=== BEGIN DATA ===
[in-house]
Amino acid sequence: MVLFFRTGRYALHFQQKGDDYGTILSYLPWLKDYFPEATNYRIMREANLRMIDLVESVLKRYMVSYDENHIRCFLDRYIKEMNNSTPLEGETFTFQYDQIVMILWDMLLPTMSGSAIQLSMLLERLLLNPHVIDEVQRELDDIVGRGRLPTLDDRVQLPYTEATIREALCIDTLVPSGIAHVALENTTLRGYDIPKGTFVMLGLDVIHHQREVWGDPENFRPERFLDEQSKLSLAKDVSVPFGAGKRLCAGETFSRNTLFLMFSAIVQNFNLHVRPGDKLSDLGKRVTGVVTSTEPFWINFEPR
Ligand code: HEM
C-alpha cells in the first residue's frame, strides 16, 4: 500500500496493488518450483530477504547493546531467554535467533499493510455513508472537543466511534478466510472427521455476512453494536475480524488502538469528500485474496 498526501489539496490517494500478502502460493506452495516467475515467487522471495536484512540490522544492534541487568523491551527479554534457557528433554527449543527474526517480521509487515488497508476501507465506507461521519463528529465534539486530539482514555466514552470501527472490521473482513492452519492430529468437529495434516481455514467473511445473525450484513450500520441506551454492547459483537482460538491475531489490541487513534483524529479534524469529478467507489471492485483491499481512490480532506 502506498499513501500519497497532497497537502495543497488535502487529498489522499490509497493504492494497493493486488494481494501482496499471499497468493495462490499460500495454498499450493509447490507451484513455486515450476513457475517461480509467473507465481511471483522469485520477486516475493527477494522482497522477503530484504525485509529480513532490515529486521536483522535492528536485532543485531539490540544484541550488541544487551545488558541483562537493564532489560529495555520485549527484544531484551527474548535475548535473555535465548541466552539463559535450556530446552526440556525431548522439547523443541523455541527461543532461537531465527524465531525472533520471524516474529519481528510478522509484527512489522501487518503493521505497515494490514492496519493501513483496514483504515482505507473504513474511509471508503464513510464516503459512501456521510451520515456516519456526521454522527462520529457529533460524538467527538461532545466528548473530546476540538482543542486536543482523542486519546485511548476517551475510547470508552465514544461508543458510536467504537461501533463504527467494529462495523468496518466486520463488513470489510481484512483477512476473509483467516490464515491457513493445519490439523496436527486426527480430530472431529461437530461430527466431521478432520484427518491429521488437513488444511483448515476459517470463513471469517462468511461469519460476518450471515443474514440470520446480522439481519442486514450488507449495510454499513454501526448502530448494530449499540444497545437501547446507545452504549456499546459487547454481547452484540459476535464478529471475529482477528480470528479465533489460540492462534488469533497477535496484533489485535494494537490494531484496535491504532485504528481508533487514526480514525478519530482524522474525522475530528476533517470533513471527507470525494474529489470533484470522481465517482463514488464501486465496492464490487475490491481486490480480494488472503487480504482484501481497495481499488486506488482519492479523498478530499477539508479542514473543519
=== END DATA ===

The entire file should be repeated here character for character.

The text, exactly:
[in-house]
Amino acid sequence: MVLFFRTGRYALHFQQKGDDYGTILSYLPWLKDYFPEATNYRIMREANLRMIDLVESVLKRYMVSYDENHIRCFLDRYIKEMNNSTPLEGETFTFQYDQIVMILWDMLLPTMSGSAIQLSMLLERLLLNPHVIDEVQRELDDIVGRGRLPTLDDRVQLPYTEATIREALCIDTLVPSGIAHVALENTTLRGYDIPKGTFVMLGLDVIHHQREVWGDPENFRPERFLDEQSKLSLAKDVSVPFGAGKRLCAGETFSRNTLFLMFSAIVQNFNLHVRPGDKLSDLGKRVTGVVTSTEPFWINFEPR
Ligand code: HEM
C-alpha cells in the first residue's frame, strides 16, 4: 500500500496493488518450483530477504547493546531467554535467533499493510455513508472537543466511534478466510472427521455476512453494536475480524488502538469528500485474496 498526501489539496490517494500478502502460493506452495516467475515467487522471495536484512540490522544492534541487568523491551527479554534457557528433554527449543527474526517480521509487515488497508476501507465506507461521519463528529465534539486530539482514555466514552470501527472490521473482513492452519492430529468437529495434516481455514467473511445473525450484513450500520441506551454492547459483537482460538491475531489490541487513534483524529479534524469529478467507489471492485483491499481512490480532506 502506498499513501500519497497532497497537502495543497488535502487529498489522499490509497493504492494497493493486488494481494501482496499471499497468493495462490499460500495454498499450493509447490507451484513455486515450476513457475517461480509467473507465481511471483522469485520477486516475493527477494522482497522477503530484504525485509529480513532490515529486521536483522535492528536485532543485531539490540544484541550488541544487551545488558541483562537493564532489560529495555520485549527484544531484551527474548535475548535473555535465548541466552539463559535450556530446552526440556525431548522439547523443541523455541527461543532461537531465527524465531525472533520471524516474529519481528510478522509484527512489522501487518503493521505497515494490514492496519493501513483496514483504515482505507473504513474511509471508503464513510464516503459512501456521510451520515456516519456526521454522527462520529457529533460524538467527538461532545466528548473530546476540538482543542486536543482523542486519546485511548476517551475510547470508552465514544461508543458510536467504537461501533463504527467494529462495523468496518466486520463488513470489510481484512483477512476473509483467516490464515491457513493445519490439523496436527486426527480430530472431529461437530461430527466431521478432520484427518491429521488437513488444511483448515476459517470463513471469517462468511461469519460476518450471515443474514440470520446480522439481519442486514450488507449495510454499513454501526448502530448494530449499540444497545437501547446507545452504549456499546459487547454481547452484540459476535464478529471475529482477528480470528479465533489460540492462534488469533497477535496484533489485535494494537490494531484496535491504532485504528481508533487514526480514525478519530482524522474525522475530528476533517470533513471527507470525494474529489470533484470522481465517482463514488464501486465496492464490487475490491481486490480480494488472503487480504482484501481497495481499488486506488482519492479523498478530499477539508479542514473543519